- As Terr as do Fim do Mundo
In April 2011 the Walther Family Collection, based primarily in Neu-Ulm/ Burlafingen, Germany, opened its Chelsea venue in New York.1 The mission of the Walther Collection is to create a worldwide dialogue about contemporary photography, focusing in particular on young artists from Africa and Asia. For its first exhibition, the Walther Collection presented the photo exhibition As Terras do Fim do Mundo (The Lands of the Ends of the World), by the South African photographer Jo Ractliffe. It was her premiere solo show in the United States. Born in 1961 in Cape Town, Ractliffe lives in Johannesburg. In this exhibition nearly sixty platinum prints produced in South Africa exclusively for the Walther Collection document the "landscape of leftovers" created by Angola's civil war from 1975 to 2002.
For decades Angola has been the site of conflicts that have taken at least a hundred thousand lives. First Angolans fought for their independence from Portugal, achieving their goal on November 11, 1975; then a civil war raged until 1991 between two former liberation movements, the People's Movement for the Liberation and the National Union for the Total Independence of Angola. At the same time, the country served as a substitute platform for the Cold War; the first multiparty elections for president and national assembly were organized in 1992, but the result was never accepted, and guerrilla warfare dominated the country until the signing of the Luena memorandum of understanding in 2002. Moreover, the Angolan conflict became entangled with the second Congo civil war and the Namibian war of independence.
Angola is still far removed from our daily concerns in the West, and despite the long-standing civil war, only a few people may have kept in mind the images, spread over the news on TV or the Internet, of the toll it
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has taken: gun-carrying child soldiers, disabled veterans, homeless women and kids, ruined tanks and cities. For two years Ractliffe traveled around the deserted areas of Angola with former South African and Angolan soldiers — millions of people displaced by the war — and in the end she reached Luanda, the capital. She wanted to explore another facet of the drama, away from urban sites. She came back with a series of photographs that reveal to us what the TV and the newspapers did not report. Her determination to photograph such a tragedy shows her deep understanding of human conscience and consciousness. Through her landscapes Ractliffe delivers an unusual topographical survey of the Angolan paysage left over after the war, invoking indescribable stories in the viewer's imagination and relating her images to the archives of our collective memories.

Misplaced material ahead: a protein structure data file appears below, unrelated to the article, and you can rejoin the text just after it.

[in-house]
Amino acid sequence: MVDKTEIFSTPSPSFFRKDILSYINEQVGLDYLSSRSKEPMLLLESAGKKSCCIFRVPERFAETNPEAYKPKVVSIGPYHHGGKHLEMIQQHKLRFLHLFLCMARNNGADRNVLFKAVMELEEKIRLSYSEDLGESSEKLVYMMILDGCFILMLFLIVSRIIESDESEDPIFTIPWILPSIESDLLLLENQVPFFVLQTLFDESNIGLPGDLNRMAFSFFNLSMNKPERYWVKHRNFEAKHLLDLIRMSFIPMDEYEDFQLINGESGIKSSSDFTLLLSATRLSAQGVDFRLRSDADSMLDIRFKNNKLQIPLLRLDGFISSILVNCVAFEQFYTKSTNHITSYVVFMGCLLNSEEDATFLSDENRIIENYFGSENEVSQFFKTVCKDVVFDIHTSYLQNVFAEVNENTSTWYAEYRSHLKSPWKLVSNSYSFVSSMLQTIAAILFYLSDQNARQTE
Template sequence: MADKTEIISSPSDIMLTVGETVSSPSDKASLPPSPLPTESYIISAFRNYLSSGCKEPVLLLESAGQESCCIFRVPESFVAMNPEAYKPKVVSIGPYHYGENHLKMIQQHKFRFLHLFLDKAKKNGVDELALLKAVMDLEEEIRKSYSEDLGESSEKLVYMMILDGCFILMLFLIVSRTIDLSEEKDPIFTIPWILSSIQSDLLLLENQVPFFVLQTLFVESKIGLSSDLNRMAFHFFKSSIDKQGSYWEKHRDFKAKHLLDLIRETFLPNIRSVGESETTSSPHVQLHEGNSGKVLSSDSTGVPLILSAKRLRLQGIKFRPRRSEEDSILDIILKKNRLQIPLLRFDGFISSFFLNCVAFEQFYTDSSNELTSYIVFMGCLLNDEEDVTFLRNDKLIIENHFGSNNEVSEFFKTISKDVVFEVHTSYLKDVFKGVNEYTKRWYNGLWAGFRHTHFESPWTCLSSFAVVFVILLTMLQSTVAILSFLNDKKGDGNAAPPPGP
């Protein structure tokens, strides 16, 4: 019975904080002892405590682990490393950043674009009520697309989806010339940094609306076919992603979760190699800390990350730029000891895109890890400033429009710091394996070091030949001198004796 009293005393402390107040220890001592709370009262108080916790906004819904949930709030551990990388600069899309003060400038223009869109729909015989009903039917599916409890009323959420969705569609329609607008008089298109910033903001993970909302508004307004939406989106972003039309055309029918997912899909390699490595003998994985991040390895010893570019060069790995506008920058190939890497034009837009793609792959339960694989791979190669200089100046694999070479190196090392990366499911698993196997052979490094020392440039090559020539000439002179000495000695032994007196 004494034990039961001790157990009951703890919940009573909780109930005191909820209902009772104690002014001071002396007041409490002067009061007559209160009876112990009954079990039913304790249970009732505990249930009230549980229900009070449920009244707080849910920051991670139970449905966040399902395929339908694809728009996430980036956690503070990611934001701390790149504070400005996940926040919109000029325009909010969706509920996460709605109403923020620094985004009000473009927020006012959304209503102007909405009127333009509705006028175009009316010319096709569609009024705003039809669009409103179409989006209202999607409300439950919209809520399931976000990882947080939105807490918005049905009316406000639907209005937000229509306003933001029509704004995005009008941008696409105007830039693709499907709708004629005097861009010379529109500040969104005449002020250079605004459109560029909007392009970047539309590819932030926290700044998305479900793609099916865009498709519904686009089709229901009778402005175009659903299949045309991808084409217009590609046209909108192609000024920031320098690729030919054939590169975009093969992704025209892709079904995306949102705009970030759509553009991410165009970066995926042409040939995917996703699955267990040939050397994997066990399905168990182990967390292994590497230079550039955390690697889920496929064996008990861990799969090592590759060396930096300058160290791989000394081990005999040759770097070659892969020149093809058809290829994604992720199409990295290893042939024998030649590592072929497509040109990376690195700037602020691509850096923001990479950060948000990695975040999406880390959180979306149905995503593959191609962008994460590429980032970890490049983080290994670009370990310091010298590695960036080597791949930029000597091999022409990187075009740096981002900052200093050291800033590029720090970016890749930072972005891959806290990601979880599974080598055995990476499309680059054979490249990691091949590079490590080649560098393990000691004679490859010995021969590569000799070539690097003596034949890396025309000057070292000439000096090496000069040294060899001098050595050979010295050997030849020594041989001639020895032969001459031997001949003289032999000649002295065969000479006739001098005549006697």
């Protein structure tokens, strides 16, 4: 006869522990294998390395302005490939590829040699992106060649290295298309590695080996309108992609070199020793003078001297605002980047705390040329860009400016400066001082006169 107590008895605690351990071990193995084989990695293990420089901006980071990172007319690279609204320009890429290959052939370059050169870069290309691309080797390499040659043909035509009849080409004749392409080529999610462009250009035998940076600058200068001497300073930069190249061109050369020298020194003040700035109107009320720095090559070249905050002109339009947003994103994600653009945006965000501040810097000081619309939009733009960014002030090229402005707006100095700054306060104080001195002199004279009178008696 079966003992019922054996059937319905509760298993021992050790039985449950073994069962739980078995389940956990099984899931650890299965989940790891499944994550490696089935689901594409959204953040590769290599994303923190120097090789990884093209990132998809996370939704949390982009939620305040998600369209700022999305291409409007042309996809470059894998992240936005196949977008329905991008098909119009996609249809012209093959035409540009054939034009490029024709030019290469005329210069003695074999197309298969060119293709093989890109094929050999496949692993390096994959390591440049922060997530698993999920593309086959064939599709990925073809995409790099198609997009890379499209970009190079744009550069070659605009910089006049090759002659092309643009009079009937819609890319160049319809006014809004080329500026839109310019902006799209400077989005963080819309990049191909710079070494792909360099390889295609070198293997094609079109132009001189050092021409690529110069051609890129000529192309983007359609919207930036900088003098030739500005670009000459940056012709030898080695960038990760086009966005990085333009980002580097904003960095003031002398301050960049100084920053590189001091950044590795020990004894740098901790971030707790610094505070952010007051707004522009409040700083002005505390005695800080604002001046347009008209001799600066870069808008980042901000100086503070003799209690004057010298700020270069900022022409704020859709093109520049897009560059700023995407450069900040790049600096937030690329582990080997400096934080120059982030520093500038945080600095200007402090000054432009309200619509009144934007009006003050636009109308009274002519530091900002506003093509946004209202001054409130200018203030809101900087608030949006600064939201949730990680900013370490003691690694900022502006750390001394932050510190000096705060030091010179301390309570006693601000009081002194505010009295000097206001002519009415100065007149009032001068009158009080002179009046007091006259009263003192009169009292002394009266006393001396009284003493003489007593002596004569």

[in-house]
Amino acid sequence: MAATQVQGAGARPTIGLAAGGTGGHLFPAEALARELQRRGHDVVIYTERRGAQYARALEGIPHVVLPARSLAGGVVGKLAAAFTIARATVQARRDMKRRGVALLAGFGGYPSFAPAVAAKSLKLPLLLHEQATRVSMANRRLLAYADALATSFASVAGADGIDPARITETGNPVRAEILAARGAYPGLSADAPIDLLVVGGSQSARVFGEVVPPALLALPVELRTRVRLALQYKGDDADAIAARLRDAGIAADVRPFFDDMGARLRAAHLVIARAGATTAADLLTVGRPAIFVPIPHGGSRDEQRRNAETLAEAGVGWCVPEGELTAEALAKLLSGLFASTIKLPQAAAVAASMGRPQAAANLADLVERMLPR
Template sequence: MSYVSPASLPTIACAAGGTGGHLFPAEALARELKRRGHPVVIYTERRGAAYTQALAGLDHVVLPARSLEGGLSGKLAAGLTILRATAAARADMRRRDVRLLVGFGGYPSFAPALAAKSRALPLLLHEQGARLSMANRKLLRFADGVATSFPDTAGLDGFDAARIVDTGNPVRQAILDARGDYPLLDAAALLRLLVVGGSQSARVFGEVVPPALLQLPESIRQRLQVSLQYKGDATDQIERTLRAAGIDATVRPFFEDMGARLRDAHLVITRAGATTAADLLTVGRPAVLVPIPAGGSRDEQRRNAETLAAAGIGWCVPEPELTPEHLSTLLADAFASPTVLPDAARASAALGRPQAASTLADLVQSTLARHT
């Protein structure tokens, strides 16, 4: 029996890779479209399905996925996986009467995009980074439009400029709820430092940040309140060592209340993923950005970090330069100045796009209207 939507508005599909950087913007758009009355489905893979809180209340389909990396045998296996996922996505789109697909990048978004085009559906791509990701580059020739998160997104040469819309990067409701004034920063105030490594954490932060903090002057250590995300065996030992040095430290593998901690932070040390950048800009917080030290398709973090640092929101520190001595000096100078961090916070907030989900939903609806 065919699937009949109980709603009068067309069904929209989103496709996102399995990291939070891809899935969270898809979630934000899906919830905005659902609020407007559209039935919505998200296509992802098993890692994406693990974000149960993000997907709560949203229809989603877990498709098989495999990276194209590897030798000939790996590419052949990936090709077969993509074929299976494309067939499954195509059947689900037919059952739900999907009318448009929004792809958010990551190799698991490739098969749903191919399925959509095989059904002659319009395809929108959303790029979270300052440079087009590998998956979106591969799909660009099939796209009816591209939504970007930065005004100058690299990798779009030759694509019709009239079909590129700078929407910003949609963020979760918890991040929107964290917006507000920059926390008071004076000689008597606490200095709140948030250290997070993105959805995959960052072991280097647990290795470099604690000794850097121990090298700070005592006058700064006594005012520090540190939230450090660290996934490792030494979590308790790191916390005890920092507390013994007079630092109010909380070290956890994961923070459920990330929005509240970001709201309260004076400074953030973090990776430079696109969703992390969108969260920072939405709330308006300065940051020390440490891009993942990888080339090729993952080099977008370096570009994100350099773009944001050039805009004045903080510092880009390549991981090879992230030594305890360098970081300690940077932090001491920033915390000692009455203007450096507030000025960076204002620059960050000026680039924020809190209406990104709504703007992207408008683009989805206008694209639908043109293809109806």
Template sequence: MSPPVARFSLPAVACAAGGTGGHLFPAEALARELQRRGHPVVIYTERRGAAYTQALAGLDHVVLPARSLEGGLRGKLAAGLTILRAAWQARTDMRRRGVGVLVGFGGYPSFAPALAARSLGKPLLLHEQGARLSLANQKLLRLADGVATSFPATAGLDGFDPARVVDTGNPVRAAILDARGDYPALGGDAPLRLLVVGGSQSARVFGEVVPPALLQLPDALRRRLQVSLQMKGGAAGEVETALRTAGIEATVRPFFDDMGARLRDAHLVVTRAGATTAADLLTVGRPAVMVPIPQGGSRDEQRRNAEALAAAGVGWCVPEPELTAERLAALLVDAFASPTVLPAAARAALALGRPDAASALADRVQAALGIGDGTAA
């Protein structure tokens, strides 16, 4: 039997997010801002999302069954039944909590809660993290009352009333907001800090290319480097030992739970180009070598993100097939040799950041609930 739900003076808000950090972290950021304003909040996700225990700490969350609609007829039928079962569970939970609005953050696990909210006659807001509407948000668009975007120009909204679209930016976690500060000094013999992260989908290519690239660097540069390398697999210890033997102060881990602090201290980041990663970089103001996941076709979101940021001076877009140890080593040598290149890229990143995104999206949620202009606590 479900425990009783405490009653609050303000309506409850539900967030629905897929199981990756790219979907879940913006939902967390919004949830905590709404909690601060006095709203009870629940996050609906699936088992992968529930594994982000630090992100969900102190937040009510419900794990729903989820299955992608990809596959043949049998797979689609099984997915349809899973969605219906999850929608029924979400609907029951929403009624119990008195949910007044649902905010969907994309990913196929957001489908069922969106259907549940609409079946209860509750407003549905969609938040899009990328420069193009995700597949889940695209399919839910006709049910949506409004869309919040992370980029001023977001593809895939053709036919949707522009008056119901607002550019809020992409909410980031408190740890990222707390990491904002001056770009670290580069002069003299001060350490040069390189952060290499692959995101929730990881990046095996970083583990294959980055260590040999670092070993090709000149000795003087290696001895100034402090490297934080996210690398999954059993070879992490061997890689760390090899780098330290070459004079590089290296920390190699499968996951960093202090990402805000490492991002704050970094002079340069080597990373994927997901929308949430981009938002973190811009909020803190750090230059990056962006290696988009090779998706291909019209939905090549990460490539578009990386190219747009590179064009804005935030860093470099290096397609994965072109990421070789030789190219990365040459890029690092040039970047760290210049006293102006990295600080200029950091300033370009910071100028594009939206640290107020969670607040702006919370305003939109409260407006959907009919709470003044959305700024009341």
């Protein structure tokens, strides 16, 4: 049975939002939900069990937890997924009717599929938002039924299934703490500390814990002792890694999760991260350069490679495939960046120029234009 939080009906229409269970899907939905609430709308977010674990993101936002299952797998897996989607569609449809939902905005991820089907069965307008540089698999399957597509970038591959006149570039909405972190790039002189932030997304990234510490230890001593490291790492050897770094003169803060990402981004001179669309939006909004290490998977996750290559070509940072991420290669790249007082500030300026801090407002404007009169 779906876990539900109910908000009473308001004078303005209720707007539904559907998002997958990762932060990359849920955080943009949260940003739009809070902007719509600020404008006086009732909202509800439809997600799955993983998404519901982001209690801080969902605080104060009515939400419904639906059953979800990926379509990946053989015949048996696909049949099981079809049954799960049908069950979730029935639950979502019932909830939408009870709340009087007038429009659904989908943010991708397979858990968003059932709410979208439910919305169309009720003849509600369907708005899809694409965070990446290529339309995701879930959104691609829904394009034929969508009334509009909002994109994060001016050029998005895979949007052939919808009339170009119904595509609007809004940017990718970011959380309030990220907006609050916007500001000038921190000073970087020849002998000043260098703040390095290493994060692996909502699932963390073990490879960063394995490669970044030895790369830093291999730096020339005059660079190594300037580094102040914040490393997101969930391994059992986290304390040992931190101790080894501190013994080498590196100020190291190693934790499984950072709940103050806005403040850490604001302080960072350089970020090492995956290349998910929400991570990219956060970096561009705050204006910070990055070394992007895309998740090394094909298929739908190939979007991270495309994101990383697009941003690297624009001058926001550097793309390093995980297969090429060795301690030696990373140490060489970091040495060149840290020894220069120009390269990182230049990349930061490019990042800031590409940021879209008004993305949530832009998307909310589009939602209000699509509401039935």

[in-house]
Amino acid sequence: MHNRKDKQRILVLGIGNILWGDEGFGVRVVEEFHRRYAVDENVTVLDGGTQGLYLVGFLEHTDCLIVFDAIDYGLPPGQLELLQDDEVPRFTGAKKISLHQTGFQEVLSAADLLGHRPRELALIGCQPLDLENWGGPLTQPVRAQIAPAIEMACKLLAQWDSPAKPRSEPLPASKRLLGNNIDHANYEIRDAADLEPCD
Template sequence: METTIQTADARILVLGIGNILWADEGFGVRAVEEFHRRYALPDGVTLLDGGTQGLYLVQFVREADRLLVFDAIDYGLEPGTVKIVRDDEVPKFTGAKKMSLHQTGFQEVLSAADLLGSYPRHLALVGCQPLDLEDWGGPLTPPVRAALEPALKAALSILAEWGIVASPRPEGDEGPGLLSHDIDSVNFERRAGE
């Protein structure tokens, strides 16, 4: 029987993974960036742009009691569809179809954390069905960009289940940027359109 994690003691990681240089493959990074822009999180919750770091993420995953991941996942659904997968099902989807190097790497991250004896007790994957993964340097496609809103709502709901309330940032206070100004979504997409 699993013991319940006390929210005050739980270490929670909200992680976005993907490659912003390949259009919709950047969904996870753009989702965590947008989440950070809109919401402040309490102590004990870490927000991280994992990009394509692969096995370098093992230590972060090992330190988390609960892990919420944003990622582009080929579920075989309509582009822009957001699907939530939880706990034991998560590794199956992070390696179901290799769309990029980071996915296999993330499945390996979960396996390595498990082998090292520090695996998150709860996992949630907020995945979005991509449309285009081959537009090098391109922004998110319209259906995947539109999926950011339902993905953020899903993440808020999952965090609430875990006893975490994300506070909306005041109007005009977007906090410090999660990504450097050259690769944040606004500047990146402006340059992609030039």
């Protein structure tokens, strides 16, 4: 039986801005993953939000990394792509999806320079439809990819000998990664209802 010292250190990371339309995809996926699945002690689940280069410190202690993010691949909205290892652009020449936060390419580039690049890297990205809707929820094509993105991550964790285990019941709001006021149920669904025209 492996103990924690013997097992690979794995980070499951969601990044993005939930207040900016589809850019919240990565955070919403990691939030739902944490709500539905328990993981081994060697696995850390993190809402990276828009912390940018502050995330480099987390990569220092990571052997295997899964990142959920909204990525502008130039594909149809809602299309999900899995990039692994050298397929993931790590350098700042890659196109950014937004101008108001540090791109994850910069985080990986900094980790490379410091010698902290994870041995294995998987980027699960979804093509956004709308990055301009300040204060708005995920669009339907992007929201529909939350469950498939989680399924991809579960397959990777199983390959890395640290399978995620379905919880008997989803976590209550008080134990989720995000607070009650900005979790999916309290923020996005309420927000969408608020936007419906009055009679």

With her photographs Ractliffe transforms the landscape into a major public art exhibition. She refashions for the viewer the beauty of a country without hiding the horror generated by violence and human madness. She found the right breathing spaces, which are necessary for creating a sense of balance in her photographs: a fragile zone where beauty and sadness are mixed and intertwined. Thus she offers the viewer what I call a space of empathy. The beauty of each image takes you to a tragic drama where there is no relief. It is more a way to endure mourning, a chant for compassion and reconciliation, a visual cry testifying against horror.
Ractliffe breaks down the stereotypes that usually define violence and war in Africa. In her images there are no people starving, no scraggly bodies exposed. Instead she uses a double language that reveals endless landscapes, lunar visions, and dense vegetation; at the same time, the markers of war are left over to remind us of the tragedy. The earth is suffering and will suffer for centuries because of the thousands of land mines dug into the landscapes and forests all over. The...